Too Stressed To Sleep? Study Finds Milk Protein Improves Shut Eye
September 14, 2005
BERKELEY, Calif., Sept. 7 /PRNewswire/ -- The American Psychiatric
Association (APA) says lack of sleep is the single most overlooked health
problem in the country and it's only getting worse. Many Americans are
chronically sleep deprived which over time impairs memory, well-being and can
even endanger life - as evidenced by the more than 100,000 car crashes
attributed to fatigue each year. But, for the estimated 126 million adult
Americans who experience symptoms of insomnia (i) on a regular basis, relief
might be found in the refrigerator, not the medicine cabinet.
A new study published in the American Journal of Clinical Nutrition finds
that a protein naturally found in milk may improve sleep quality and next day
alertness (ii). "Milk contains a protein alpha-lactalbumin, rich in
tryptophan, that tells the brain to sleep," says Dr. Milton Erman, President
of Pacific Sleep Medicine Services and a member of Scripps Clinic Medical
Group in La Jolla. "Plus you wake up feeling rested the next morning, without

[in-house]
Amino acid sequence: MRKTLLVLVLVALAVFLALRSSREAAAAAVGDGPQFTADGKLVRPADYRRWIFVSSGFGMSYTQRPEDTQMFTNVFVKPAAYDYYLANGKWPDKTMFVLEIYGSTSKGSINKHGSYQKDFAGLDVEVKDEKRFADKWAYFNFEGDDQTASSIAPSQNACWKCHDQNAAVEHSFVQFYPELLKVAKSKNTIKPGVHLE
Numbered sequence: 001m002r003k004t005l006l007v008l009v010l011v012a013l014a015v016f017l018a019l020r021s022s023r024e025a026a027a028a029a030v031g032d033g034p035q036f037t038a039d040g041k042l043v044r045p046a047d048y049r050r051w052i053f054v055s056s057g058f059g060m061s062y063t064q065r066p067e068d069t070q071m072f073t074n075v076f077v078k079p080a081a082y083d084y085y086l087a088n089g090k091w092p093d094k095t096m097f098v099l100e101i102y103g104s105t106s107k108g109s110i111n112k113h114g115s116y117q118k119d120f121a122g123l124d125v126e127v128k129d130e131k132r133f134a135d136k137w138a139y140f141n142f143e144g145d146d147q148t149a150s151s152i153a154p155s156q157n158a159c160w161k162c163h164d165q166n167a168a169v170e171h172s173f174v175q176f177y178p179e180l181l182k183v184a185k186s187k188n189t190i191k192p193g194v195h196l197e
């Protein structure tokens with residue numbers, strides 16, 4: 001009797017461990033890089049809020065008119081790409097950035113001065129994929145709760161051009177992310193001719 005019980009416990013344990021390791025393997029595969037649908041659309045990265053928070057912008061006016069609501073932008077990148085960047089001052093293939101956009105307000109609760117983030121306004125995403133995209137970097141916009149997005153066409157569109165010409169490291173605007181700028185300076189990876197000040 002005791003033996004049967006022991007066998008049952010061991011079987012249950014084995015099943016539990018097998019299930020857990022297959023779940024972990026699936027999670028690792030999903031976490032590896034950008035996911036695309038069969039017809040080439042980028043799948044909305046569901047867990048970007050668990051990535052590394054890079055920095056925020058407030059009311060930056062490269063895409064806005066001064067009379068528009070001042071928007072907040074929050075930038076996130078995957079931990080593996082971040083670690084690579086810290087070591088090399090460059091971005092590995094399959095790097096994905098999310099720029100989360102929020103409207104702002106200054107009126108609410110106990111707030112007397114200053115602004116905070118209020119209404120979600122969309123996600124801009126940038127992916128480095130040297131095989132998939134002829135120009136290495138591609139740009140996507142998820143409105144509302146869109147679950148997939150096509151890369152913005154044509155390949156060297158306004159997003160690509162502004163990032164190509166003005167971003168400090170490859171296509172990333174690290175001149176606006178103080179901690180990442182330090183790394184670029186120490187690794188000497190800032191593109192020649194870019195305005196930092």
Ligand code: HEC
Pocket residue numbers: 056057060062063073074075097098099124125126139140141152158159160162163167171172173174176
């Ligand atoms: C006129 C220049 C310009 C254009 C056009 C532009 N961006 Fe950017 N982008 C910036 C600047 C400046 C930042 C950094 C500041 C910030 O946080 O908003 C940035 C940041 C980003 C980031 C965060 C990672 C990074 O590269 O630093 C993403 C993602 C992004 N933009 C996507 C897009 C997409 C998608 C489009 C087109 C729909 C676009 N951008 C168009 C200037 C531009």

the side effects that often come with sleep inducing drugs."
Milk's sleep-inducing properties have been documented for centuries.
Dating back to 1500 BC, the oldest medical text -- which forms the basis of
Indian Ayurvedic medicine -- advises poor sleepers to drink a glass of milk
"Milk makes more sense than a pill," says Jeff Manning, executive
director, California Milk Processor Board (CMPB). "And, you might wake up
with stronger bones."
"It doesn't have to be a glass of white milk," stresses Manning.
"Flavored milk, hot chocolate or a bowl of cereal all work."
* According to a study conducted by Unity Sleep Medicine & Research
Center, St. Louis, the cost of products and services to treat chronic
and occasional insomnia totals more than $16 billion dollars annually.
* Americans spend over $4 billion dollars each year on prescription and
over-the-counter sleep aids.
* Lactose-free milk contains the same sleep-inducing proteins as regular
* Lack of sleep is a rampant problem among teens and puts them at a risk
for cognitive and emotional difficulties. Insufficient sleep has also
been shown to cause difficulties in school, including disciplinary
problems, sleepiness in class and poor concentration. (iii)
(i) According to the National Sleep Foundation an estimated 126 million
adult Americans experience at least one insomnia symptom a few nights a week.
(ii) American Journal of Clinical Nutrition (vol 81, no 5, pp1026-1033)
(iii) American Psychological Association (2001), "Sleep deprivation may be
undermining teen health". Available at:
SOURCE California Milk Processor Board
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